40 Safety Tips for LDS Missionaries

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Here are several safety tips for LDS missionaries.

It’s common for pre-missionaries and their families to feel concerned when they receive a mission call to serve in an area notorious for crime and gang violence. While I’m not expert on missionary safety, here are some observations I made while on my Mormon Mission to Argentina.

Safety tips for LDS missionaries

1) Obey the missionary handbook.

The handbook has several general safety tips for all missionaries (including some on this list).

2) Obey your mission president.

Your LDS Mission President may be inspired to give you specific safety guidelines.  Before the Chilean earthquakes, at least one Mission President in Chile was inspired to visit each apartment in the mission and make sure they were prepared in the event an earthquake should happen.

3) Avoid dark pathways at night.

I lost one of my ties to a drunk Argentinian because my companion and I walked on a dimly-lit path one night. Luckily the man didn’t take anything else from us and we were able to safely leave the situation. As I’ve interviewed dozens of returned missionaries, I’ve noticed a common theme- almost all dangerous encounters happen in the evening.

4) Stay with your companion at all times.

This is essential and will protect you physically and spiritually.

5) Ask ward members to accompany you.

It’s my opinion people are less likely to give you problems when a native member is with you.

6) Lock your apartment doors.

There were one or two times on my mission I was very grateful our outside doors were locked. Specifically I recall hearing what seemed to be someone shaking our outer door trying to get in one night. I was grateful we locked the door that night.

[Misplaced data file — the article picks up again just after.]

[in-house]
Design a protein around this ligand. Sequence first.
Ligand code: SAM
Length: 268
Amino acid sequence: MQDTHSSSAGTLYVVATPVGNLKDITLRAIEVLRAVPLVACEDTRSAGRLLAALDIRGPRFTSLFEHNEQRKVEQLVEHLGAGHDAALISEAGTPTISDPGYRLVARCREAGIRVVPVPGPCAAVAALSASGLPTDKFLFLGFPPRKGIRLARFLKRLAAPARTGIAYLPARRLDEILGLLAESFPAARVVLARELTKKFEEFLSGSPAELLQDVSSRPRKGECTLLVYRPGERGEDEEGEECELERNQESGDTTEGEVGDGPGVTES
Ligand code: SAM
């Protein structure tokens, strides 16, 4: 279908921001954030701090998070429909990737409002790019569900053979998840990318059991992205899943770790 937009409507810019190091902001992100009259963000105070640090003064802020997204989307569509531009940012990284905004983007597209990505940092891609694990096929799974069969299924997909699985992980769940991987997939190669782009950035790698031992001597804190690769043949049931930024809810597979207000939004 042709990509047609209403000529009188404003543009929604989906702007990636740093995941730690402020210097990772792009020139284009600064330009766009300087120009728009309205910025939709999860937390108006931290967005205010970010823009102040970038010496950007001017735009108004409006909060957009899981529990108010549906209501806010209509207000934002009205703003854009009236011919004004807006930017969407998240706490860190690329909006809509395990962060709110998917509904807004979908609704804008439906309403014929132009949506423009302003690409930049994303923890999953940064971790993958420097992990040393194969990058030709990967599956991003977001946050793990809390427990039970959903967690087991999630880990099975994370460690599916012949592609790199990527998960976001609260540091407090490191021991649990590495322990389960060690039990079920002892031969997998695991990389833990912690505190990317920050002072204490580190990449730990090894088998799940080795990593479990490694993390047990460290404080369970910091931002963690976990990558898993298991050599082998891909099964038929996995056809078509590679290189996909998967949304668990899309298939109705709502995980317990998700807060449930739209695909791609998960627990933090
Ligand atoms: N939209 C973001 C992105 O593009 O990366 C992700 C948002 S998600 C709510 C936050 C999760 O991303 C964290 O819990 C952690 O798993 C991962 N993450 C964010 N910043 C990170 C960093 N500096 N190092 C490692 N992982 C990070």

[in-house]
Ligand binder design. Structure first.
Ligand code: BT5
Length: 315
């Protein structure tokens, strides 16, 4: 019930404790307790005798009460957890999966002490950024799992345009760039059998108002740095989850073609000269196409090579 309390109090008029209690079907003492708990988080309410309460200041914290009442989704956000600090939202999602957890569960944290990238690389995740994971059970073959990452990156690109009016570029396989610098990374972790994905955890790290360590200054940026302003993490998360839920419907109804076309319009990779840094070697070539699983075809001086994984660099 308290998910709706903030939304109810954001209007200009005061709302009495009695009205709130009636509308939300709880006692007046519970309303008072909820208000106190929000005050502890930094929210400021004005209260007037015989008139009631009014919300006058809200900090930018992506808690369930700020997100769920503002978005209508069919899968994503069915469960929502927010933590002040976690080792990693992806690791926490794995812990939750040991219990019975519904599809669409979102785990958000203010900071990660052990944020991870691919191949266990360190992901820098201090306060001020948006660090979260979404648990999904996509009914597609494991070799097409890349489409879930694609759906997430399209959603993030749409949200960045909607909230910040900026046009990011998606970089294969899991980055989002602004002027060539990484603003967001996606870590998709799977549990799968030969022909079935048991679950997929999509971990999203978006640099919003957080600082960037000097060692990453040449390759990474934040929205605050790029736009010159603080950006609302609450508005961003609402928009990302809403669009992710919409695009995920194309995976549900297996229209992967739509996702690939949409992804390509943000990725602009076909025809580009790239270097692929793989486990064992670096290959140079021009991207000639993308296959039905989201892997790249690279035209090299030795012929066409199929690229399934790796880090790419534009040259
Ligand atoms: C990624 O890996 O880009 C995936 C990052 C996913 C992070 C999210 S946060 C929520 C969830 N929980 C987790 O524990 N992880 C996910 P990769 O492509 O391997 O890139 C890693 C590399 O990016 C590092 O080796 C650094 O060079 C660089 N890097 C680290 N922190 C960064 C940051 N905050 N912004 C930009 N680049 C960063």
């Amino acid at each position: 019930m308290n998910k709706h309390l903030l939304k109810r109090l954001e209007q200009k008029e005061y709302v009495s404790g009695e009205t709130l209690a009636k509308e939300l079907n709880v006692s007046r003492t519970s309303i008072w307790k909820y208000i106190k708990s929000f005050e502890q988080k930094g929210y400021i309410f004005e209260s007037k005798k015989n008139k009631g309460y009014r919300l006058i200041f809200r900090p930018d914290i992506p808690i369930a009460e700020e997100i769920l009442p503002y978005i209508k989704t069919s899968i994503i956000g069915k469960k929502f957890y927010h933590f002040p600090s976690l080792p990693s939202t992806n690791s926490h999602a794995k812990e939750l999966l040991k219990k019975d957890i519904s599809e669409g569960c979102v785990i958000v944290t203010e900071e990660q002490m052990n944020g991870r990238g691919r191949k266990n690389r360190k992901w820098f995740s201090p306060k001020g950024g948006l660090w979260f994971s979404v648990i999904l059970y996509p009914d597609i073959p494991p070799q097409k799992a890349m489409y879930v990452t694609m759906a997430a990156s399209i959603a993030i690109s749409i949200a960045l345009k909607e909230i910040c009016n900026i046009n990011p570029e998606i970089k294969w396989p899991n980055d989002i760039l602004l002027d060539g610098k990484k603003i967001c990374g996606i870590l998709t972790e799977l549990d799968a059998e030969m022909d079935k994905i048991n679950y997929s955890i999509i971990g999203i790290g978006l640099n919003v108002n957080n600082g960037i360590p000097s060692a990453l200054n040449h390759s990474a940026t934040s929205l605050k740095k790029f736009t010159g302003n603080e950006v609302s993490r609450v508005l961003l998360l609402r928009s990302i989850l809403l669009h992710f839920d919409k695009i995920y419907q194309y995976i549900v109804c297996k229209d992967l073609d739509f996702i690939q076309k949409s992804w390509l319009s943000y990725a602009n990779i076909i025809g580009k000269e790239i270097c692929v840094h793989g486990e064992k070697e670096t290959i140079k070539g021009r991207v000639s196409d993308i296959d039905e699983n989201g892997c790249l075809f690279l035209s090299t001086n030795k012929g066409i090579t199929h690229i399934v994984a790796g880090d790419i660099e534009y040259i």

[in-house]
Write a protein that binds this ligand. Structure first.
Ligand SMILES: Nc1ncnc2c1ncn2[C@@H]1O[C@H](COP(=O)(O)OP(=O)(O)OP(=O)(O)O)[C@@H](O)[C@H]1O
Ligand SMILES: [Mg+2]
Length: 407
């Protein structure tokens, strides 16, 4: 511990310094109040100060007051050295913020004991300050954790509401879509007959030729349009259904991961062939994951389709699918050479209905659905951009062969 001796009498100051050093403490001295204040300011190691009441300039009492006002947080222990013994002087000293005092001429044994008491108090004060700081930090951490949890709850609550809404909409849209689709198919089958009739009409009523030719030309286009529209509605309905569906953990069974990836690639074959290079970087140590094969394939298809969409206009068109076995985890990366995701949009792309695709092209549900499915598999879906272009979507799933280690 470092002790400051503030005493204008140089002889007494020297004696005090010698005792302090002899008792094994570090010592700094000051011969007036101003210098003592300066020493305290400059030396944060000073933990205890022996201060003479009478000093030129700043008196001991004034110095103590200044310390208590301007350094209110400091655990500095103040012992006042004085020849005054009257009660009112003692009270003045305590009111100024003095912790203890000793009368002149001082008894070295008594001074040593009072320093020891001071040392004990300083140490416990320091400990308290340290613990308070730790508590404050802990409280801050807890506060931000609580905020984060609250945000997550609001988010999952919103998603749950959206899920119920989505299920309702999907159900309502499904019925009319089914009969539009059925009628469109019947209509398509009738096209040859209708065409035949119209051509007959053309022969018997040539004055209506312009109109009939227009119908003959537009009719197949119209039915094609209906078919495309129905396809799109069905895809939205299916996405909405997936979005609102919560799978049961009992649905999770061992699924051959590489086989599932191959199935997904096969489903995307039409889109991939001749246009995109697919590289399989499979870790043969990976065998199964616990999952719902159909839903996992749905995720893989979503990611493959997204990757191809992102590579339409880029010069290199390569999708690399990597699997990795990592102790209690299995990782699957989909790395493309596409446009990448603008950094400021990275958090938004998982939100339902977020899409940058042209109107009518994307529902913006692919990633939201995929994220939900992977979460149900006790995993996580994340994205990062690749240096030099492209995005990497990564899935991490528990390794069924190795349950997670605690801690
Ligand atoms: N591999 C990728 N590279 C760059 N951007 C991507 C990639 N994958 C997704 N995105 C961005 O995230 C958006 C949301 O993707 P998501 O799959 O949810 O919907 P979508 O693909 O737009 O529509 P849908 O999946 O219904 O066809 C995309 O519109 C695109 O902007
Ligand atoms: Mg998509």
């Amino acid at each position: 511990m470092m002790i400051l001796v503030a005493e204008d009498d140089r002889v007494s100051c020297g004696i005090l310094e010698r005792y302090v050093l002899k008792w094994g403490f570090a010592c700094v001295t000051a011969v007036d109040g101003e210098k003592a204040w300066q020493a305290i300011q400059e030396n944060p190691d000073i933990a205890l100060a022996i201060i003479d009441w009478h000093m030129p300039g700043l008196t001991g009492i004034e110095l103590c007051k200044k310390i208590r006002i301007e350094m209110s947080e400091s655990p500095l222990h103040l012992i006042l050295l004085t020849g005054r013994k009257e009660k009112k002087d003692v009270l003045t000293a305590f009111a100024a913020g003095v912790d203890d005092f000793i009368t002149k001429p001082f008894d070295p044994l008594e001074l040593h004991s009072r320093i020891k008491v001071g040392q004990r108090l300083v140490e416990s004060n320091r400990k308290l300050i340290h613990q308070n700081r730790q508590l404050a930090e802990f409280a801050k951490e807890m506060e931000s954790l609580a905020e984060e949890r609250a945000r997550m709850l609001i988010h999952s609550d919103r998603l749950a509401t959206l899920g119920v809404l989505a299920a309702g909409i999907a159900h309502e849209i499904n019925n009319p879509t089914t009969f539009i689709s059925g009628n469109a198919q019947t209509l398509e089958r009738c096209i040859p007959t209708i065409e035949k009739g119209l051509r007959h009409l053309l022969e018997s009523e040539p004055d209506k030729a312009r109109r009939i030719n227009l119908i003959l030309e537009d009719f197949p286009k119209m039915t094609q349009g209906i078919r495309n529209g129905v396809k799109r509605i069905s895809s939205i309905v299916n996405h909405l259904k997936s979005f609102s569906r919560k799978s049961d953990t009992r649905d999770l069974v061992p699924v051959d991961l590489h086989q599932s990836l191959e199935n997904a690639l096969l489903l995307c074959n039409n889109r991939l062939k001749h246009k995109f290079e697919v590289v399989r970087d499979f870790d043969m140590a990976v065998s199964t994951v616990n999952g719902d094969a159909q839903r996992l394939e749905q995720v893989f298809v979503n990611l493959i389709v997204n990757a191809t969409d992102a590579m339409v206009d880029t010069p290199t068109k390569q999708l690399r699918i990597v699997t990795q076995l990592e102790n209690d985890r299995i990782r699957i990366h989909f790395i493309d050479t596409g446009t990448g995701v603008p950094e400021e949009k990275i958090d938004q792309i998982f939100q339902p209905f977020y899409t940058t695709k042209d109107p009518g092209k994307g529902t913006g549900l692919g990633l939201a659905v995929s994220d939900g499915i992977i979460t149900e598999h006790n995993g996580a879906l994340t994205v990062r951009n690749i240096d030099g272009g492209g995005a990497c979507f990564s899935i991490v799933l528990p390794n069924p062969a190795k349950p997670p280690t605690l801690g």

7) Change the paths you travel each day.

This makes it harder for strangers to predict where you will be at any given moment. If an ill-willed individuals know exactly where the missionaries go every day, they could attempt to harm them if they chose to.

8) Don’t give out your address to people on the street or online.

Really, there’s no reason for anyone but your mission and your ward members to know exactly where you live. With missionaries having access to Facebook it will be even more important to keep your address private. You might consider never posting your address online and setting your privacy settings high.

9) Don’t fearfully avoid groups of delinquents.

I think gangs feed off of fear. If you act calm while near them, they may be less likely to bother you.

10) Consider forming positive acquaintances with gang members.

You’ll have to use your judgment and the Spirit on this one, but sometimes it may be beneficial to go up to gang members and meet them. If you can form a positive acquaintance with them, they may be less likely to rob you, etc. They may even protect you from other delinquents. Once there was a drunk man asking us for money while waving a butter knife in the air. Eventually one of our friends (a delinquent) told him to stop bothering us and he did.

11) Listen to and follow the Spirit.

I think this is the most important safety tip you can follow. If the Spirit tells you to avoid a street, avoid it. If the Spirit tells you not to enter a home that invites you in, don’t enter. Even if you don’t know the reason for the prompting or it doesn’t seem to make sense to you, follow it. I’ve heard several stories of when missionaries were placed in an unsafe situation, because they didn’t heed an impression of the Spirit.

12) Walk with determination.

It’s harder to bother missionaries who are moving at a good pace. It may be wise to foresee oncoming dangerous individuals and cross the street and walk quickly (without acting too unnatural or frightened).

13) Avoid dangerous areas.

When you arrive to a new area, your missionary companion and ward members will likely know what parts of town are dangerous and in general are good to avoid. Your area book may also have some guidelines as to where to avoid. In many countries it is often more dangerous near bars, dance party locations and run-down neighborhoods.

14) Be back to your apartment by 9 p.m. or no later than 9:30 p.m. (if you are in a lesson).